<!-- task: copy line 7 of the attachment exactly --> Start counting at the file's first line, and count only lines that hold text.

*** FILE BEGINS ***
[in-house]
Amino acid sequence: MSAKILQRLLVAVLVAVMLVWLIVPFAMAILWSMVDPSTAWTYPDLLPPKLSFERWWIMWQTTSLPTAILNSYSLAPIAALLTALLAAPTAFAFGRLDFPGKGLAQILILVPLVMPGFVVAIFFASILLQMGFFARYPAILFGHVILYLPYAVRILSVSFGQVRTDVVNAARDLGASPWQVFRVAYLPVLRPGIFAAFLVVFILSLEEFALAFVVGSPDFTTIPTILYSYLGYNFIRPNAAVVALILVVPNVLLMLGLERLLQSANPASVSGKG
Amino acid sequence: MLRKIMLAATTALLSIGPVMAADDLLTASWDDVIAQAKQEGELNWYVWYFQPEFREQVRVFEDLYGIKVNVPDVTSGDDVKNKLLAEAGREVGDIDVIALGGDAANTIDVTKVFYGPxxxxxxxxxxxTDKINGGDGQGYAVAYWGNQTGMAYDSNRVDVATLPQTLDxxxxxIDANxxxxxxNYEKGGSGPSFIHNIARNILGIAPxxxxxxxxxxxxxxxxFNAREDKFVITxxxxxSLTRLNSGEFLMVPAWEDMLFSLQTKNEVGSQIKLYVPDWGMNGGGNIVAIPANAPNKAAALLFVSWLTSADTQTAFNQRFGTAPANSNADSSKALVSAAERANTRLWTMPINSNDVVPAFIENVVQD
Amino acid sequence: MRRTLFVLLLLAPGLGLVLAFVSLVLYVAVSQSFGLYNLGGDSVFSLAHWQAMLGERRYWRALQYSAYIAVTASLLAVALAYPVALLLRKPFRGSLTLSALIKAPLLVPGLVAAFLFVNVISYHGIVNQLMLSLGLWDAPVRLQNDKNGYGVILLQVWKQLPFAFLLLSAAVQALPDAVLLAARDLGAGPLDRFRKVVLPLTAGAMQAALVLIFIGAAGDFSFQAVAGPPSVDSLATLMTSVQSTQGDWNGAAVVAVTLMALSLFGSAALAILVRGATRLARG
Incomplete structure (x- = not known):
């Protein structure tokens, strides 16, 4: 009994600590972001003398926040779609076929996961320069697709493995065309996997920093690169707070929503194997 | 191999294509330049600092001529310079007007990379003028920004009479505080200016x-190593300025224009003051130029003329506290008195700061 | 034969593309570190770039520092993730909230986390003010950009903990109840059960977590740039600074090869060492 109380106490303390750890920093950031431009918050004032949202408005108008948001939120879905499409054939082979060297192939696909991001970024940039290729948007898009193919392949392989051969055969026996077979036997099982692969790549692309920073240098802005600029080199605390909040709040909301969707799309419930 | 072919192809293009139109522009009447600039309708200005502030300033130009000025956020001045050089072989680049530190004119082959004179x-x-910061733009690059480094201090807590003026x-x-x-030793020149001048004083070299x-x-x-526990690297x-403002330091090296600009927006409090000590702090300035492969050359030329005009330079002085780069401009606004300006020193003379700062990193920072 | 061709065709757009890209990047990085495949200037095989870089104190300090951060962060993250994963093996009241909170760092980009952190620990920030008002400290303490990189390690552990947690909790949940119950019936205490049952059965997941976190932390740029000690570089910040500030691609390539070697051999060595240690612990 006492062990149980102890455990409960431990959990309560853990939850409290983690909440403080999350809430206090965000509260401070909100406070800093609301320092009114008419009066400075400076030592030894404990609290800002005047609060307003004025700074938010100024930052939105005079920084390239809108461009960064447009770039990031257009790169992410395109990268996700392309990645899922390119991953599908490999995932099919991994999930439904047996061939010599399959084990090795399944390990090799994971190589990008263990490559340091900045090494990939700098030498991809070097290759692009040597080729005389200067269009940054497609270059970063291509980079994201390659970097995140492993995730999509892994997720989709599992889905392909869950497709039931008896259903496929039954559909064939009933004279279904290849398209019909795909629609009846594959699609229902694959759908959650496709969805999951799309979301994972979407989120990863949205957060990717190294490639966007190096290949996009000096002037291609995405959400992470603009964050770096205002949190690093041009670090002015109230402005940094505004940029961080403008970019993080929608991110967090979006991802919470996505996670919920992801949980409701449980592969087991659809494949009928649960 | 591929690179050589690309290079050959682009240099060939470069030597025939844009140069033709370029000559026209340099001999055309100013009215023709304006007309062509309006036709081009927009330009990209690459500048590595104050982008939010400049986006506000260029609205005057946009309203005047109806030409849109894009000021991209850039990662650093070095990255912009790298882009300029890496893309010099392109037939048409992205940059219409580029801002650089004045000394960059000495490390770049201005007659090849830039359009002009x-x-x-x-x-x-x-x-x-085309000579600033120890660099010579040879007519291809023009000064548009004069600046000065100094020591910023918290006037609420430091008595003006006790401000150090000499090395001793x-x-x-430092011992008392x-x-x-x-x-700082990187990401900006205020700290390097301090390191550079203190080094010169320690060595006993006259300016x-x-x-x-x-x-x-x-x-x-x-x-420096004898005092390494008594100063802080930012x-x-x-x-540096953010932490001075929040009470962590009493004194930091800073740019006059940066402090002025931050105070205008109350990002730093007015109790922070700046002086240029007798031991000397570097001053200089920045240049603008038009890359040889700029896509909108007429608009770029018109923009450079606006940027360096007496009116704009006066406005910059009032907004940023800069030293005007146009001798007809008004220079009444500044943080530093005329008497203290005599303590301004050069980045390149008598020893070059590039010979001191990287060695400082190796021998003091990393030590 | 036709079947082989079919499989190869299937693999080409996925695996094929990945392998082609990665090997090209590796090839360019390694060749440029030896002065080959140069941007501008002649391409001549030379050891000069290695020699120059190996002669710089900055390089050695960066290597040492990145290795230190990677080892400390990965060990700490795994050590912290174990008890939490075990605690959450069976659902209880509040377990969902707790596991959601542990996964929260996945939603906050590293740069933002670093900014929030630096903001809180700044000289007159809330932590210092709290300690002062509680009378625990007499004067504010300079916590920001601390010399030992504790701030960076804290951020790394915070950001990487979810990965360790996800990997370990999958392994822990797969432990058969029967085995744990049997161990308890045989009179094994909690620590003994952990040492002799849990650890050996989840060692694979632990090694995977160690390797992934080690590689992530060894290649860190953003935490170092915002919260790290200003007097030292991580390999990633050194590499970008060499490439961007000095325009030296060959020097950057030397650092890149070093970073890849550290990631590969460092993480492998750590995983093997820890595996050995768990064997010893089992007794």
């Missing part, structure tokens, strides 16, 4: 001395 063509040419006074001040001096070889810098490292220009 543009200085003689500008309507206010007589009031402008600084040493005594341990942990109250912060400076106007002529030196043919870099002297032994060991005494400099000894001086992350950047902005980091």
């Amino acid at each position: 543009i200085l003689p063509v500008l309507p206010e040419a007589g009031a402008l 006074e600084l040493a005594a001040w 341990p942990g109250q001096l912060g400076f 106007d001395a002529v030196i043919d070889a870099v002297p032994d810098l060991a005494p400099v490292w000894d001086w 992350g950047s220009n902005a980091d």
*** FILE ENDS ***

């Missing part, structure tokens, strides 16, 4: 001395 063509040419006074001040001096070889810098490292220009 543009200085003689500008309507206010007589009031402008600084040493005594341990942990109250912060400076106007002529030196043919870099002297032994060991005494400099000894001086992350950047902005980091």